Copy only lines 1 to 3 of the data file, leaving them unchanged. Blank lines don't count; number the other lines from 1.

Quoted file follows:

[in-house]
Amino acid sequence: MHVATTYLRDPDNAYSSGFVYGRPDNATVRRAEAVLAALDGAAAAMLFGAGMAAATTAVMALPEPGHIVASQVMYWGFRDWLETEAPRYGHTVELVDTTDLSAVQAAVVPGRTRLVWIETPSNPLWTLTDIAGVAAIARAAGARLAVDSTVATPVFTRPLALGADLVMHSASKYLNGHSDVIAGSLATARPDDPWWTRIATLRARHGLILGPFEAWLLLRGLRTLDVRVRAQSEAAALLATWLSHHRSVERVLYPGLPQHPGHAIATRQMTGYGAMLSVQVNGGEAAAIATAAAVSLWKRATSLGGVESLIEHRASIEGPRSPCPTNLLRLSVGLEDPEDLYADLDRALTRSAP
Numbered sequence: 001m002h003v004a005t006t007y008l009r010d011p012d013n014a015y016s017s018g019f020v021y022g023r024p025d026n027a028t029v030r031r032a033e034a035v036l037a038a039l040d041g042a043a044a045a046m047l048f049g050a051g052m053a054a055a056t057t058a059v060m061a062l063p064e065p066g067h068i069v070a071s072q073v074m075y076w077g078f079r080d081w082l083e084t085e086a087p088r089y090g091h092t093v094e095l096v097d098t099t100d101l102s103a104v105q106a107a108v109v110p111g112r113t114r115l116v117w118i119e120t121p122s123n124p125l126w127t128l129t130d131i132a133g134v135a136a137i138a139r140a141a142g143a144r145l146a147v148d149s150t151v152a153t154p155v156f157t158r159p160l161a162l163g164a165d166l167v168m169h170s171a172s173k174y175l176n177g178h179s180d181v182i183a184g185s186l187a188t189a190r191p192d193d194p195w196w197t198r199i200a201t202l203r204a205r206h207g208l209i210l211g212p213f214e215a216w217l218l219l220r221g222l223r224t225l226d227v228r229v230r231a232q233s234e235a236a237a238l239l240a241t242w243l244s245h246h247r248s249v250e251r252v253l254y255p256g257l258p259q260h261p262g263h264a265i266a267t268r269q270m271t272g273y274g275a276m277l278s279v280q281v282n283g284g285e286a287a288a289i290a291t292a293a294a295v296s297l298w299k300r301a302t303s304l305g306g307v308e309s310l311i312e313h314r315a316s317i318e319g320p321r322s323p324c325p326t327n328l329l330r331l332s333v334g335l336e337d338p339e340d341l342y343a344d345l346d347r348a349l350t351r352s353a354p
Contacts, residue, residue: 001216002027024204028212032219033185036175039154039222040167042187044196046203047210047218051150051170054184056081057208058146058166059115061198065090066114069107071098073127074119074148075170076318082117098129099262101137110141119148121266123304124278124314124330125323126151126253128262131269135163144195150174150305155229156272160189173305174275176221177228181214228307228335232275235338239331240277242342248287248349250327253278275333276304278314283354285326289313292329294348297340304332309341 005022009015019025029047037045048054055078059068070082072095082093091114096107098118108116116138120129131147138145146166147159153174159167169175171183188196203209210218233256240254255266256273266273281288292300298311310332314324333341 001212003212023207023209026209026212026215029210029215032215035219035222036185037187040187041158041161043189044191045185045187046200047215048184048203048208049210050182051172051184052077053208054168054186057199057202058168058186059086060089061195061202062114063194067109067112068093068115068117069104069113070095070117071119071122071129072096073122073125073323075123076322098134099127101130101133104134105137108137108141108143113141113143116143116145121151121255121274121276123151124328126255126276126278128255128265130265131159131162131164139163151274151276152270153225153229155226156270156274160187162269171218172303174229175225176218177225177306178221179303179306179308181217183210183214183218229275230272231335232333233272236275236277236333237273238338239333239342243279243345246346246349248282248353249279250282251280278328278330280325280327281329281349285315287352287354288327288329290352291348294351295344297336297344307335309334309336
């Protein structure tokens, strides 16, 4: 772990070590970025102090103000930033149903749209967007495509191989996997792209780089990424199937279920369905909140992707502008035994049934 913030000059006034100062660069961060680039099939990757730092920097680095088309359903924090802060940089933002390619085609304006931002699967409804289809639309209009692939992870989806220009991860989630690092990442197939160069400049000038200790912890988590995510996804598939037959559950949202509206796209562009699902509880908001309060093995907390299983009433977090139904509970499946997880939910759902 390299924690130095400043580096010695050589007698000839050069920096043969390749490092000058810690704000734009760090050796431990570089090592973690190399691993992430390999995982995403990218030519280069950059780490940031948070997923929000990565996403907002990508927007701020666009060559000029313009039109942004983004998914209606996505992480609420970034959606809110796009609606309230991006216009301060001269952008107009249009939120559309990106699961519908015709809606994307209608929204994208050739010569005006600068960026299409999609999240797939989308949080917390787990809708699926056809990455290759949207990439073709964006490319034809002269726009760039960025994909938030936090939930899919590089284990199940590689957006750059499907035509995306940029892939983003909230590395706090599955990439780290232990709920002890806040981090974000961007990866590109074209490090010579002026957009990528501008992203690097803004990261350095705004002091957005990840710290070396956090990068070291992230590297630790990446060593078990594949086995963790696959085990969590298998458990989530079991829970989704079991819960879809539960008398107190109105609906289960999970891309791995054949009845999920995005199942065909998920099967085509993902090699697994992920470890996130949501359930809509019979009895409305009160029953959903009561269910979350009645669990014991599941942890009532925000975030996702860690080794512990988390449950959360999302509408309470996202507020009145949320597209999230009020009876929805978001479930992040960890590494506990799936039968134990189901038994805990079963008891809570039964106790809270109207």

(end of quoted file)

[in-house]
Amino acid sequence: MHVATTYLRDPDNAYSSGFVYGRPDNATVRRAEAVLAALDGAAAAMLFGAGMAAATTAVMALPEPGHIVASQVMYWGFRDWLETEAPRYGHTVELVDTTDLSAVQAAVVPGRTRLVWIETPSNPLWTLTDIAGVAAIARAAGARLAVDSTVATPVFTRPLALGADLVMHSASKYLNGHSDVIAGSLATARPDDPWWTRIATLRARHGLILGPFEAWLLLRGLRTLDVRVRAQSEAAALLATWLSHHRSVERVLYPGLPQHPGHAIATRQMTGYGAMLSVQVNGGEAAAIATAAAVSLWKRATSLGGVESLIEHRASIEGPRSPCPTNLLRLSVGLEDPEDLYADLDRALTRSAP
Numbered sequence: 001m002h003v004a005t006t007y008l009r010d011p012d013n014a015y016s017s018g019f020v021y022g023r024p025d026n027a028t029v030r031r032a033e034a035v036l037a038a039l040d041g042a043a044a045a046m047l048f049g050a051g052m053a054a055a056t057t058a059v060m061a062l063p064e065p066g067h068i069v070a071s072q073v074m075y076w077g078f079r080d081w082l083e084t085e086a087p088r089y090g091h092t093v094e095l096v097d098t099t100d101l102s103a104v105q106a107a108v109v110p111g112r113t114r115l116v117w118i119e120t121p122s123n124p125l126w127t128l129t130d131i132a133g134v135a136a137i138a139r140a141a142g143a144r145l146a147v148d149s150t151v152a153t154p155v156f157t158r159p160l161a162l163g164a165d166l167v168m169h170s171a172s173k174y175l176n177g178h179s180d181v182i183a184g185s186l187a188t189a190r191p192d193d194p195w196w197t198r199i200a201t202l203r204a205r206h207g208l209i210l211g212p213f214e215a216w217l218l219l220r221g222l223r224t225l226d227v228r229v230r231a232q233s234e235a236a237a238l239l240a241t242w243l244s245h246h247r248s249v250e251r252v253l254y255p256g257l258p259q260h261p262g263h264a265i266a267t268r269q270m271t272g273y274g275a276m277l278s279v280q281v282n283g284g285e286a287a288a289i290a291t292a293a294a295v296s297l298w299k300r301a302t303s304l305g306g307v308e309s310l311i312e313h314r315a316s317i318e319g320p321r322s323p324c325p326t327n328l329l330r331l332s333v334g335l336e337d338p339e340d341l342y343a344d345l346d347r348a349l350t351r352s353a354p